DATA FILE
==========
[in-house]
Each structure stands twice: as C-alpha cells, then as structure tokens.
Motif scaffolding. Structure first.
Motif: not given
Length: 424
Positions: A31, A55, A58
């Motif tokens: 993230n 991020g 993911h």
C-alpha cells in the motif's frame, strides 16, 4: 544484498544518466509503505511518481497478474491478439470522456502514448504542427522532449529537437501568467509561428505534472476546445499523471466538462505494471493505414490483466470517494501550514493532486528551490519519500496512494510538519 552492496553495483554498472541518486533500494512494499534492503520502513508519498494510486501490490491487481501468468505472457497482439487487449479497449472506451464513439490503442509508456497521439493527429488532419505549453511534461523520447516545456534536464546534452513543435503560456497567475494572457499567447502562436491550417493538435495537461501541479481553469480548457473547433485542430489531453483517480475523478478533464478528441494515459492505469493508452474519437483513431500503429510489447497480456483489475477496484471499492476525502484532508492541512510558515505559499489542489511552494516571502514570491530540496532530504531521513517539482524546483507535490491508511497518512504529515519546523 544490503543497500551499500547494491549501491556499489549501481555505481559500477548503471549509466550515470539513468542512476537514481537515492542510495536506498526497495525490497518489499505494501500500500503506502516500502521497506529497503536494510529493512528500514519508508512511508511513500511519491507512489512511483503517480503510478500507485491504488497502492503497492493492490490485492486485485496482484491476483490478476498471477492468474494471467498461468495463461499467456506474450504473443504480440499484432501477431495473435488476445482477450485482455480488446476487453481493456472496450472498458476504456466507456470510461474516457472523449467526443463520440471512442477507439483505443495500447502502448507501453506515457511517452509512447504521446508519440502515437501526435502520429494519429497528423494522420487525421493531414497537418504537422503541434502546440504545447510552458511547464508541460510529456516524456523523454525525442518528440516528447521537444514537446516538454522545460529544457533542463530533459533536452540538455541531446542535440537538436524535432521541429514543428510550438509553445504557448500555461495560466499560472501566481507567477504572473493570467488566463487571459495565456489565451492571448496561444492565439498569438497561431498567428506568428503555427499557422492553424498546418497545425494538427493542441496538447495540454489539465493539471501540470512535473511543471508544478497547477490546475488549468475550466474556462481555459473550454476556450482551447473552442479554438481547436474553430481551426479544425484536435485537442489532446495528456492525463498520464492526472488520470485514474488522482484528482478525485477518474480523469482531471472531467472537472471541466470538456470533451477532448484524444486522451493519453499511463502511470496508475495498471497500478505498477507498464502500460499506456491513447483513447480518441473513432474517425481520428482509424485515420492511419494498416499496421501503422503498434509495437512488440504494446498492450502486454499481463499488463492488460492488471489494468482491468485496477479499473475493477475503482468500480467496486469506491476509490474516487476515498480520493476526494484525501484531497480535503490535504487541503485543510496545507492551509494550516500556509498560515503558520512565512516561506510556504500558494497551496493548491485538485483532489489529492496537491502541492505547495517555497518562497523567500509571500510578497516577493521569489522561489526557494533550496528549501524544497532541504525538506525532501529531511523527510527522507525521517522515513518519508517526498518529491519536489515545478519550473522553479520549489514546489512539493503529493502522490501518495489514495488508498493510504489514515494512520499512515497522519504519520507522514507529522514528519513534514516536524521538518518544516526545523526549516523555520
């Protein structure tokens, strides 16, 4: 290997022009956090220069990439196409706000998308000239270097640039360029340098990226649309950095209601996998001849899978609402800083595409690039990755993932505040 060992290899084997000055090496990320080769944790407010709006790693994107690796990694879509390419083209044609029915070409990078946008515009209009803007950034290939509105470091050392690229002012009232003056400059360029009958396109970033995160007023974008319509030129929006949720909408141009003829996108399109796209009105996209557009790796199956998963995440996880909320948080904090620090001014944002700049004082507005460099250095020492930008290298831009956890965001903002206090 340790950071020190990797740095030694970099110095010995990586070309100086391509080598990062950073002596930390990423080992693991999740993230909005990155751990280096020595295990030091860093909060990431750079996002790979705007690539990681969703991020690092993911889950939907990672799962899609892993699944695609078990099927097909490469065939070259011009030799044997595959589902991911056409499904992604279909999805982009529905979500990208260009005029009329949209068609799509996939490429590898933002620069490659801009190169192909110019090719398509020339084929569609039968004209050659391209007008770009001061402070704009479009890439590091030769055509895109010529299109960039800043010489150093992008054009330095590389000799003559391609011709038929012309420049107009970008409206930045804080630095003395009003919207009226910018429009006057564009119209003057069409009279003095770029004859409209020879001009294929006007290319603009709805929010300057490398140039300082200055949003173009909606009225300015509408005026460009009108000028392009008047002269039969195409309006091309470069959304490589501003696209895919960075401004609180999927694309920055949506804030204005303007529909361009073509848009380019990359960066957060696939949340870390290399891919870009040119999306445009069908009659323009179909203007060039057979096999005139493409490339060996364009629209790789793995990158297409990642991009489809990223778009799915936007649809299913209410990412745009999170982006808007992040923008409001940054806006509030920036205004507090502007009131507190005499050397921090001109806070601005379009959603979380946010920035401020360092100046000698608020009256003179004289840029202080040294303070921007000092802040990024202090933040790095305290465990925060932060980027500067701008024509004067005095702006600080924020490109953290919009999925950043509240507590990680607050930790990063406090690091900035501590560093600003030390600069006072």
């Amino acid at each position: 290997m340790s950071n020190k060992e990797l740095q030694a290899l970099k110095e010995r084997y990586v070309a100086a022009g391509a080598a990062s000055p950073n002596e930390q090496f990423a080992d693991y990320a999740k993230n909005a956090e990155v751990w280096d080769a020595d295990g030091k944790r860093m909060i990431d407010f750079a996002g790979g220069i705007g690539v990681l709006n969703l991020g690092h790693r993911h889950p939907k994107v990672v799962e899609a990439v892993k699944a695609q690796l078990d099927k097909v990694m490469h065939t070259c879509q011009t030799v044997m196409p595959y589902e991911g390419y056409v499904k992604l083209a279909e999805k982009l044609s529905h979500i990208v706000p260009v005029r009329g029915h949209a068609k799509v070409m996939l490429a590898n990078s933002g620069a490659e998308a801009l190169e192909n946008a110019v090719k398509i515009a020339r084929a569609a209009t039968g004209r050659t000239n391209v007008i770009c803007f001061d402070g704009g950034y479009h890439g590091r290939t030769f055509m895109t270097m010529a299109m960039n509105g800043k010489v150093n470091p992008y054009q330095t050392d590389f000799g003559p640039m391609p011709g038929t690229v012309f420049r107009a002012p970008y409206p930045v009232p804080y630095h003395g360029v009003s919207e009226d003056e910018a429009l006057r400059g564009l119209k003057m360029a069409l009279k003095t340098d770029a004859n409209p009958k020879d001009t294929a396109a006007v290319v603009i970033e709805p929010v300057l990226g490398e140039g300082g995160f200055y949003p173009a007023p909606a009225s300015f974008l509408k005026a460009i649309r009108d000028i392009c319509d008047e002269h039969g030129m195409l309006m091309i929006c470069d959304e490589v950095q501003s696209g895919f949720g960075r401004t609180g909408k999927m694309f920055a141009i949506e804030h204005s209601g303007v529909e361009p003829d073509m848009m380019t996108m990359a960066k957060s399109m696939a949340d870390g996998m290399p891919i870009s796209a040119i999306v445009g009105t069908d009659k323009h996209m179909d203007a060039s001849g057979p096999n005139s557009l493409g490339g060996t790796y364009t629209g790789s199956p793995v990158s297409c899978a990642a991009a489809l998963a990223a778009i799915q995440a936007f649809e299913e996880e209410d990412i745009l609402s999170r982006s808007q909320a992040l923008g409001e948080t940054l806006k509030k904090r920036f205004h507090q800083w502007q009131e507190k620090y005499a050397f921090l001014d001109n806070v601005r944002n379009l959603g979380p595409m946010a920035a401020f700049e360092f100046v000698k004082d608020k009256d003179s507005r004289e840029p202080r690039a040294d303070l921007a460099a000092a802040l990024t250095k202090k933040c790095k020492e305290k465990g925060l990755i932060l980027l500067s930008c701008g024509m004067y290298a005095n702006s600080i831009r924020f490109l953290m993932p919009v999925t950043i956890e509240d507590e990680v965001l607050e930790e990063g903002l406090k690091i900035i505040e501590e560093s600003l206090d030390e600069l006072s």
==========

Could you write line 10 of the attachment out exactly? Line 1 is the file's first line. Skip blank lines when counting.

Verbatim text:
């Amino acid at each position: 290997m340790s950071n020190k060992e990797l740095q030694a290899l970099k110095e010995r084997y990586v070309a100086a022009g391509a080598a990062s000055p950073n002596e930390q090496f990423a080992d693991y990320a999740k993230n909005a956090e990155v751990w280096d080769a020595d295990g030091k944790r860093m909060i990431d407010f750079a996002g790979g220069i705007g690539v990681l709006n969703l991020g690092h790693r993911h889950p939907k994107v990672v799962e899609a990439v892993k699944a695609q690796l078990d099927k097909v990694m490469h065939t070259c879509q011009t030799v044997m196409p595959y589902e991911g390419y056409v499904k992604l083209a279909e999805k982009l044609s529905h979500i990208v706000p260009v005029r009329g029915h949209a068609k799509v070409m996939l490429a590898n990078s933002g620069a490659e998308a801009l190169e192909n946008a110019v090719k398509i515009a020339r084929a569609a209009t039968g004209r050659t000239n391209v007008i770009c803007f001061d402070g704009g950034y479009h890439g590091r290939t030769f055509m895109t270097m010529a299109m960039n509105g800043k010489v150093n470091p992008y054009q330095t050392d590389f000799g003559p640039m391609p011709g038929t690229v012309f420049r107009a002012p970008y409206p930045v009232p804080y630095h003395g360029v009003s919207e009226d003056e910018a429009l006057r400059g564009l119209k003057m360029a069409l009279k003095t340098d770029a004859n409209p009958k020879d001009t294929a396109a006007v290319v603009i970033e709805p929010v300057l990226g490398e140039g300082g995160f200055y949003p173009a007023p909606a009225s300015f974008l509408k005026a460009i649309r009108d000028i392009c319509d008047e002269h039969g030129m195409l309006m091309i929006c470069d959304e490589v950095q501003s696209g895919f949720g960075r401004t609180g909408k999927m694309f920055a141009i949506e804030h204005s209601g303007v529909e361009p003829d073509m848009m380019t996108m990359a960066k957060s399109m696939a949340d870390g996998m290399p891919i870009s796209a040119i999306v445009g009105t069908d009659k323009h996209m179909d203007a060039s001849g057979p096999n005139s557009l493409g490339g060996t790796y364009t629209g790789s199956p793995v990158s297409c899978a990642a991009a489809l998963a990223a778009i799915q995440a936007f649809e299913e996880e209410d990412i745009l609402s999170r982006s808007q909320a992040l923008g409001e948080t940054l806006k509030k904090r920036f205004h507090q800083w502007q009131e507190k620090y005499a050397f921090l001014d001109n806070v601005r944002n379009l959603g979380p595409m946010a920035a401020f700049e360092f100046v000698k004082d608020k009256d003179s507005r004289e840029p202080r690039a040294d303070l921007a460099a000092a802040l990024t250095k202090k933040c790095k020492e305290k465990g925060l990755i932060l980027l500067s930008c701008g024509m004067y290298a005095n702006s600080i831009r924020f490109l953290m993932p919009v999925t950043i956890e509240d507590e990680v965001l607050e930790e990063g903002l406090k690091i900035i505040e501590e560093s600003l206090d030390e600069l006072s």